Libya, Yemen and ‘tribal leaders’…
Yet another autocratic regime, this time Libya, is falling in the Middle East. There (as well as in Yemen) “tribal” leaders are disassociating themselves from the regime and backing the protesters. What this means is that key local political factions of civil society are re-asserting elements of reformist decision-making in a national context.
It’s shocking to see how so many ‘expert’ international commentators lack a nuanced understanding of these ‘clans’ and ‘tribes’ and the historical-political role they occupy in societies like Sudan, Libya and Yemen. Instead, so-called expert commentators place tribal leaders and clans within the framework of “Orientalism” – the European colonial and racist narrative of the ‘Arabs’. (see http://en.wikipedia.org/wiki/Orientalism_(book); read Edward Said)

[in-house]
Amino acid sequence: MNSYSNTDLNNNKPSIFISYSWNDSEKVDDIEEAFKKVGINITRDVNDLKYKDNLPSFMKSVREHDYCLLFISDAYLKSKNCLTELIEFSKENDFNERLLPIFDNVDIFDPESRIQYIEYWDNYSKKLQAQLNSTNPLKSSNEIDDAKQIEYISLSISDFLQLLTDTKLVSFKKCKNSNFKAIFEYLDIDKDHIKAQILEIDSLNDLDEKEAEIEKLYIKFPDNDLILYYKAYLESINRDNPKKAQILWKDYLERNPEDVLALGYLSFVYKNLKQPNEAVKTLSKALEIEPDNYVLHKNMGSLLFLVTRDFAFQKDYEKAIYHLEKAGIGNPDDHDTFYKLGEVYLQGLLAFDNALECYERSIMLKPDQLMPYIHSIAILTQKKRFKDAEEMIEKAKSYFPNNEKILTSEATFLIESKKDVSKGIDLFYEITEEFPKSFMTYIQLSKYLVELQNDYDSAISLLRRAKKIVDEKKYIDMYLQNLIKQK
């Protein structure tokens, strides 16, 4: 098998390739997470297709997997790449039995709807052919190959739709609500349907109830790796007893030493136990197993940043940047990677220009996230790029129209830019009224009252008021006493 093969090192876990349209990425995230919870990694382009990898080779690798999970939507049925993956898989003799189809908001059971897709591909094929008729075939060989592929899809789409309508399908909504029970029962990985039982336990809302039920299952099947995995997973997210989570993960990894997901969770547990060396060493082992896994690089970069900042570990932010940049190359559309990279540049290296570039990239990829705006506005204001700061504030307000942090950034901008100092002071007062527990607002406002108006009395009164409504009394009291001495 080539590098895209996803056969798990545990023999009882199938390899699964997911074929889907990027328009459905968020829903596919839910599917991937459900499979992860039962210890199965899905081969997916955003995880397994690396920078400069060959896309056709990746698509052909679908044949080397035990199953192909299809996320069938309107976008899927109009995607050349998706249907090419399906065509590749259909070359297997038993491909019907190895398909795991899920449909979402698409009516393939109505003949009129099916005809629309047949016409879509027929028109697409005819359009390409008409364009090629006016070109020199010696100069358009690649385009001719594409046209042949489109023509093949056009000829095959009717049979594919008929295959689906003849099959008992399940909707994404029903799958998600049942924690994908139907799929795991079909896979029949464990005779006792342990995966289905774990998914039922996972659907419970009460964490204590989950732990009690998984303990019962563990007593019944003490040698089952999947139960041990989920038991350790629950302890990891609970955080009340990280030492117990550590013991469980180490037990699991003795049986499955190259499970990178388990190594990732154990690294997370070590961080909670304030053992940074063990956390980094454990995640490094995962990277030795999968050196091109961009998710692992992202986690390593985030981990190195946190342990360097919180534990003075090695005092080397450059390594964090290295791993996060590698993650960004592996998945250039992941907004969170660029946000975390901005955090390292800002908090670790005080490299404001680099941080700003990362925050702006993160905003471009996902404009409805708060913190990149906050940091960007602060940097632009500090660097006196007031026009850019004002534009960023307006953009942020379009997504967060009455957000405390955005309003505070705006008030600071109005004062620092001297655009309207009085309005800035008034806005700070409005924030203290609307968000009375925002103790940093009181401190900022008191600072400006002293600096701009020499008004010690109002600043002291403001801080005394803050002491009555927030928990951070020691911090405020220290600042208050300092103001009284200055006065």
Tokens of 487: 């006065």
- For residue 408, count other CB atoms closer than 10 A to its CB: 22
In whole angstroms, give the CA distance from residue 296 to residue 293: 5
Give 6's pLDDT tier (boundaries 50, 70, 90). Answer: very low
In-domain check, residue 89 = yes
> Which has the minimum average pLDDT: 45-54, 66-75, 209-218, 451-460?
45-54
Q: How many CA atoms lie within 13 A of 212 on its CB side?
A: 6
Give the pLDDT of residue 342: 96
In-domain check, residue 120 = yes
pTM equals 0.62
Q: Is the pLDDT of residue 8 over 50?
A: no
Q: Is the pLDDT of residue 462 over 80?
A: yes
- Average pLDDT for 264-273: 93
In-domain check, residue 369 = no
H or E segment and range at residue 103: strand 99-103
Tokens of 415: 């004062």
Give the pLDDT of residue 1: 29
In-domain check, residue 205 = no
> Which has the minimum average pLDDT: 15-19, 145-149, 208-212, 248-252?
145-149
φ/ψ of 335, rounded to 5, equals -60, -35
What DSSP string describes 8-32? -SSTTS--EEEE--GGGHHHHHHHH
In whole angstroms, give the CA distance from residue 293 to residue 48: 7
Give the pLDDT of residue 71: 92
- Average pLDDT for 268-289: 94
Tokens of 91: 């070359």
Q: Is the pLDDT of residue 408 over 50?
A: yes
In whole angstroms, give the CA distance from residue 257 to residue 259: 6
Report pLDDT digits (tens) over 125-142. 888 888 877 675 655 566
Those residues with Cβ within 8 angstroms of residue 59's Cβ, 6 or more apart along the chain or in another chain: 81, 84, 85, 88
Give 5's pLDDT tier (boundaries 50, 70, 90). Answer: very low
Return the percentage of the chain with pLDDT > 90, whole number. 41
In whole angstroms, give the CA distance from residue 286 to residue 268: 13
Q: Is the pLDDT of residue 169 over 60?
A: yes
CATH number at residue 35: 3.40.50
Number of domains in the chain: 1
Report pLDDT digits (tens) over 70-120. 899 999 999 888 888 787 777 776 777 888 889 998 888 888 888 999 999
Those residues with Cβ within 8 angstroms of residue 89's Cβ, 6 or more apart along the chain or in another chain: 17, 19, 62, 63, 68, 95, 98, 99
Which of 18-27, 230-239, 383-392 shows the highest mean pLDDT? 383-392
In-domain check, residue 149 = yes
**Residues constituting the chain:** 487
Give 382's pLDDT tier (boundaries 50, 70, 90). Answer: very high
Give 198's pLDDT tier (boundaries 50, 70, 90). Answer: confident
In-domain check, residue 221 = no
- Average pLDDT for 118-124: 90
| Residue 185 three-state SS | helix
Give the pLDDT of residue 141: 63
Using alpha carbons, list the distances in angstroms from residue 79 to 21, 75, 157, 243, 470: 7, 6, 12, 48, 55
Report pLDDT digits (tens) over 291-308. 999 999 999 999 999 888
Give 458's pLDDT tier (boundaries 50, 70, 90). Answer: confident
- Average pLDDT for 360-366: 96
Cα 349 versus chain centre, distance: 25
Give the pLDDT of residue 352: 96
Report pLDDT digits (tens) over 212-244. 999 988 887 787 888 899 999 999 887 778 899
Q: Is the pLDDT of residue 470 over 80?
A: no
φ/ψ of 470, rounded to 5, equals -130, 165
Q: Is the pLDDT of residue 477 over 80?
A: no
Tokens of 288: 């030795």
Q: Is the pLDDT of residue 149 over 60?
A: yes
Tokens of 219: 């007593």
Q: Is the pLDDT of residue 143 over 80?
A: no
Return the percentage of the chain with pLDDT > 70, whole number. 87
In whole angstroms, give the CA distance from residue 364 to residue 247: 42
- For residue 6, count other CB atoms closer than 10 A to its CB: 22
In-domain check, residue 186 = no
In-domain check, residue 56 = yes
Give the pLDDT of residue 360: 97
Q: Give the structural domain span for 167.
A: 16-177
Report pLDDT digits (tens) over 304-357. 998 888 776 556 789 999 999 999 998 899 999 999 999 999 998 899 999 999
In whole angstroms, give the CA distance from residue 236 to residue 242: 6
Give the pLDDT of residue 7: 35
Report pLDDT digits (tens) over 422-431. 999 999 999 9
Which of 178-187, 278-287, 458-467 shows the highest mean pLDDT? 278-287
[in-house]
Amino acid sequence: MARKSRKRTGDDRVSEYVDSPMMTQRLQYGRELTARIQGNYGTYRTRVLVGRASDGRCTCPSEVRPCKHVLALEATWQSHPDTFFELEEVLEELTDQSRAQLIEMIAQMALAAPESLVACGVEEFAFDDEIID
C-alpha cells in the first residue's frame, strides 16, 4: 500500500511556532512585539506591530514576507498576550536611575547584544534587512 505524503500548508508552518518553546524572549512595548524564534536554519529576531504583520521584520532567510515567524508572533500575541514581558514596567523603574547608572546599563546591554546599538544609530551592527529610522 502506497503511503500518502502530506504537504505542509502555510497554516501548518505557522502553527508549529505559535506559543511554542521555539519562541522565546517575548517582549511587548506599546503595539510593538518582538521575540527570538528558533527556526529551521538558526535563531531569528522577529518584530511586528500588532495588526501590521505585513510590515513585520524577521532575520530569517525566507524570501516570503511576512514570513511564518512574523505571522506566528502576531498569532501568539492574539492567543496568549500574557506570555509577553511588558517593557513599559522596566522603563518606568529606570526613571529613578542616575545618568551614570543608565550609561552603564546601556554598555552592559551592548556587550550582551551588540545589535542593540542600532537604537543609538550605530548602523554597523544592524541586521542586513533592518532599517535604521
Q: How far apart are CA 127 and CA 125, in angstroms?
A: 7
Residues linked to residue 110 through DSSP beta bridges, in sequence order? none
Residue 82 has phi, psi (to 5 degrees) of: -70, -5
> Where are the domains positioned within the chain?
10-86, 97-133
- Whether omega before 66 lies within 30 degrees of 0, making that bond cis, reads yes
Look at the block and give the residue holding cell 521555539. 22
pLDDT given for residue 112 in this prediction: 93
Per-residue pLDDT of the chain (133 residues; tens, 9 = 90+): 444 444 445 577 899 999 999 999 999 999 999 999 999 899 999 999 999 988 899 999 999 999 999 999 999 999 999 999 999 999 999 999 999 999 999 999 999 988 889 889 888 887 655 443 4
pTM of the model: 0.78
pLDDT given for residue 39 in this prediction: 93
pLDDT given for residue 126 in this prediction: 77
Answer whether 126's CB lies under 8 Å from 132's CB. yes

‘Tribal leaders’ can be patriarchal, parochial and elitist. On the other hand, clans need to understood as historical socio-political units that have been operating for centuries in this region. They were here long before the externally imposed colonial western model of political organization. They are formal/informal collections of group interests that can be more participatory, inclusive and more representative than state-sanctioned ‘elected’ bodies.
In the post-overthrow era occurring throughout the region, there needs to be a sophisticated understanding of the political-cultural systems as different but not less legitimate than the western model. In the absence of a ‘recognized’ State government, well-embedded political structures are still thriving. Stable governance is not wholly in a vacuum simply because we do understand the local model of governance.